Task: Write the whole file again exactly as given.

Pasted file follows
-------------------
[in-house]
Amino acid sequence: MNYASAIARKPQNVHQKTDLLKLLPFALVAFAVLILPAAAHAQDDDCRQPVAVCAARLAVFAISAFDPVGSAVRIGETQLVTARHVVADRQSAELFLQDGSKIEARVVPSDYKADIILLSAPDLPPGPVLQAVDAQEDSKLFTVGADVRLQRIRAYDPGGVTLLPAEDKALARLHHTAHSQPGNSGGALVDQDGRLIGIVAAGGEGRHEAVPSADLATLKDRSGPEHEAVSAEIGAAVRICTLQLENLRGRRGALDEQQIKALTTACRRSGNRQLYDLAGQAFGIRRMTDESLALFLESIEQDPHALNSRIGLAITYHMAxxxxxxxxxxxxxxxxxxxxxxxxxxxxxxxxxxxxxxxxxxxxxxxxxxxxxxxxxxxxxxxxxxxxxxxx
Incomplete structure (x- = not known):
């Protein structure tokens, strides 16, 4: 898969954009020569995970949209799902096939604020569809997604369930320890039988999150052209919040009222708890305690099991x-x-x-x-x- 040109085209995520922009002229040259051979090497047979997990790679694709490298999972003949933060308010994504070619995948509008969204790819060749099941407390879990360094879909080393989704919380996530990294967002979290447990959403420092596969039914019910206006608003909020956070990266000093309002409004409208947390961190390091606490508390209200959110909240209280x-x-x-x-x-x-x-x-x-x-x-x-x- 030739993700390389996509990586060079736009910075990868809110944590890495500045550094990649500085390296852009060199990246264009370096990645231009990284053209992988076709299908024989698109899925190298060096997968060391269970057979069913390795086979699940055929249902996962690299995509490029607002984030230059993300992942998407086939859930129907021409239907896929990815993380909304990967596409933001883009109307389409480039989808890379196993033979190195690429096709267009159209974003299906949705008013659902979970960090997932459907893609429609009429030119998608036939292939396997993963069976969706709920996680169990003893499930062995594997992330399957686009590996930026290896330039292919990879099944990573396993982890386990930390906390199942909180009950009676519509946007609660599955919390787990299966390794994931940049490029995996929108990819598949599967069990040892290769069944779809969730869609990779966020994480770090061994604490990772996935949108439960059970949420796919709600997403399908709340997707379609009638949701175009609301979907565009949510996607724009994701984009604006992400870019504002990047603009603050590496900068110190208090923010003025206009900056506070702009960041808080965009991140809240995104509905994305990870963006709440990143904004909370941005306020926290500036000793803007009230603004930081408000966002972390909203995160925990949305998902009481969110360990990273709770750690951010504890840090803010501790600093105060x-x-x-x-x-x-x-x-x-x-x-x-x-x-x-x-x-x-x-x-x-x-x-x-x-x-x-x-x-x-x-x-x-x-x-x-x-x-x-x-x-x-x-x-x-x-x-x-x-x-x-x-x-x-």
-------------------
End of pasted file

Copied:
[in-house]
Amino acid sequence: MNYASAIARKPQNVHQKTDLLKLLPFALVAFAVLILPAAAHAQDDDCRQPVAVCAARLAVFAISAFDPVGSAVRIGETQLVTARHVVADRQSAELFLQDGSKIEARVVPSDYKADIILLSAPDLPPGPVLQAVDAQEDSKLFTVGADVRLQRIRAYDPGGVTLLPAEDKALARLHHTAHSQPGNSGGALVDQDGRLIGIVAAGGEGRHEAVPSADLATLKDRSGPEHEAVSAEIGAAVRICTLQLENLRGRRGALDEQQIKALTTACRRSGNRQLYDLAGQAFGIRRMTDESLALFLESIEQDPHALNSRIGLAITYHMAxxxxxxxxxxxxxxxxxxxxxxxxxxxxxxxxxxxxxxxxxxxxxxxxxxxxxxxxxxxxxxxxxxxxxxxx
Incomplete structure (x- = not known):
């Protein structure tokens, strides 16, 4: 898969954009020569995970949209799902096939604020569809997604369930320890039988999150052209919040009222708890305690099991x-x-x-x-x- 040109085209995520922009002229040259051979090497047979997990790679694709490298999972003949933060308010994504070619995948509008969204790819060749099941407390879990360094879909080393989704919380996530990294967002979290447990959403420092596969039914019910206006608003909020956070990266000093309002409004409208947390961190390091606490508390209200959110909240209280x-x-x-x-x-x-x-x-x-x-x-x-x- 030739993700390389996509990586060079736009910075990868809110944590890495500045550094990649500085390296852009060199990246264009370096990645231009990284053209992988076709299908024989698109899925190298060096997968060391269970057979069913390795086979699940055929249902996962690299995509490029607002984030230059993300992942998407086939859930129907021409239907896929990815993380909304990967596409933001883009109307389409480039989808890379196993033979190195690429096709267009159209974003299906949705008013659902979970960090997932459907893609429609009429030119998608036939292939396997993963069976969706709920996680169990003893499930062995594997992330399957686009590996930026290896330039292919990879099944990573396993982890386990930390906390199942909180009950009676519509946007609660599955919390787990299966390794994931940049490029995996929108990819598949599967069990040892290769069944779809969730869609990779966020994480770090061994604490990772996935949108439960059970949420796919709600997403399908709340997707379609009638949701175009609301979907565009949510996607724009994701984009604006992400870019504002990047603009603050590496900068110190208090923010003025206009900056506070702009960041808080965009991140809240995104509905994305990870963006709440990143904004909370941005306020926290500036000793803007009230603004930081408000966002972390909203995160925990949305998902009481969110360990990273709770750690951010504890840090803010501790600093105060x-x-x-x-x-x-x-x-x-x-x-x-x-x-x-x-x-x-x-x-x-x-x-x-x-x-x-x-x-x-x-x-x-x-x-x-x-x-x-x-x-x-x-x-x-x-x-x-x-x-x-x-x-x-």